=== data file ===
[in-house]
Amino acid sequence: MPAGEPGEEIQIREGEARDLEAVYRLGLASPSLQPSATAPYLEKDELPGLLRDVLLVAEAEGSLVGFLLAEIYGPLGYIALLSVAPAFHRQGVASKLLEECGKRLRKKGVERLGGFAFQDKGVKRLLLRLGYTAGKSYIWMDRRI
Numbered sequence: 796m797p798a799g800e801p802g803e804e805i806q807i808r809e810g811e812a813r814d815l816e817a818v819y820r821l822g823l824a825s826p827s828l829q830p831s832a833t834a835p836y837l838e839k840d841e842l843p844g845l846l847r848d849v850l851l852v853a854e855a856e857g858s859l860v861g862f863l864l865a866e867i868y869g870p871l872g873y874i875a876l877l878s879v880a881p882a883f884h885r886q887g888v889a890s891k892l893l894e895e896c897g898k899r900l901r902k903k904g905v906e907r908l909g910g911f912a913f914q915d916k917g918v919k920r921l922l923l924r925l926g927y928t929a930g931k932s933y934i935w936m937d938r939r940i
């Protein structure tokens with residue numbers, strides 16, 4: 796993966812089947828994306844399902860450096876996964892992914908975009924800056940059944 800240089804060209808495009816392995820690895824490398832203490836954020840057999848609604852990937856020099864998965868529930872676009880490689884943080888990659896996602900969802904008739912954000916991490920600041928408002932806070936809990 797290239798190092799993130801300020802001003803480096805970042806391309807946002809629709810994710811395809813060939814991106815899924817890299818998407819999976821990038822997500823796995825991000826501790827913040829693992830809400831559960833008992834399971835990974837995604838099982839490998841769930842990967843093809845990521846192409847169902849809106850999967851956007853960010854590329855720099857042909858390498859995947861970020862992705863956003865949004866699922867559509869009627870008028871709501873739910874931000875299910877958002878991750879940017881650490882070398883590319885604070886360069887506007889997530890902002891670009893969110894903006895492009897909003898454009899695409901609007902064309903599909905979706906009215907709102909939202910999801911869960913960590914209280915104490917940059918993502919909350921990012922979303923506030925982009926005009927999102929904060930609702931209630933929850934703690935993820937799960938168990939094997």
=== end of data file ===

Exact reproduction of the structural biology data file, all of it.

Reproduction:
[in-house]
Amino acid sequence: MPAGEPGEEIQIREGEARDLEAVYRLGLASPSLQPSATAPYLEKDELPGLLRDVLLVAEAEGSLVGFLLAEIYGPLGYIALLSVAPAFHRQGVASKLLEECGKRLRKKGVERLGGFAFQDKGVKRLLLRLGYTAGKSYIWMDRRI
Numbered sequence: 796m797p798a799g800e801p802g803e804e805i806q807i808r809e810g811e812a813r814d815l816e817a818v819y820r821l822g823l824a825s826p827s828l829q830p831s832a833t834a835p836y837l838e839k840d841e842l843p844g845l846l847r848d849v850l851l852v853a854e855a856e857g858s859l860v861g862f863l864l865a866e867i868y869g870p871l872g873y874i875a876l877l878s879v880a881p882a883f884h885r886q887g888v889a890s891k892l893l894e895e896c897g898k899r900l901r902k903k904g905v906e907r908l909g910g911f912a913f914q915d916k917g918v919k920r921l922l923l924r925l926g927y928t929a930g931k932s933y934i935w936m937d938r939r940i
């Protein structure tokens with residue numbers, strides 16, 4: 796993966812089947828994306844399902860450096876996964892992914908975009924800056940059944 800240089804060209808495009816392995820690895824490398832203490836954020840057999848609604852990937856020099864998965868529930872676009880490689884943080888990659896996602900969802904008739912954000916991490920600041928408002932806070936809990 797290239798190092799993130801300020802001003803480096805970042806391309807946002809629709810994710811395809813060939814991106815899924817890299818998407819999976821990038822997500823796995825991000826501790827913040829693992830809400831559960833008992834399971835990974837995604838099982839490998841769930842990967843093809845990521846192409847169902849809106850999967851956007853960010854590329855720099857042909858390498859995947861970020862992705863956003865949004866699922867559509869009627870008028871709501873739910874931000875299910877958002878991750879940017881650490882070398883590319885604070886360069887506007889997530890902002891670009893969110894903006895492009897909003898454009899695409901609007902064309903599909905979706906009215907709102909939202910999801911869960913960590914209280915104490917940059918993502919909350921990012922979303923506030925982009926005009927999102929904060930609702931209630933929850934703690935993820937799960938168990939094997």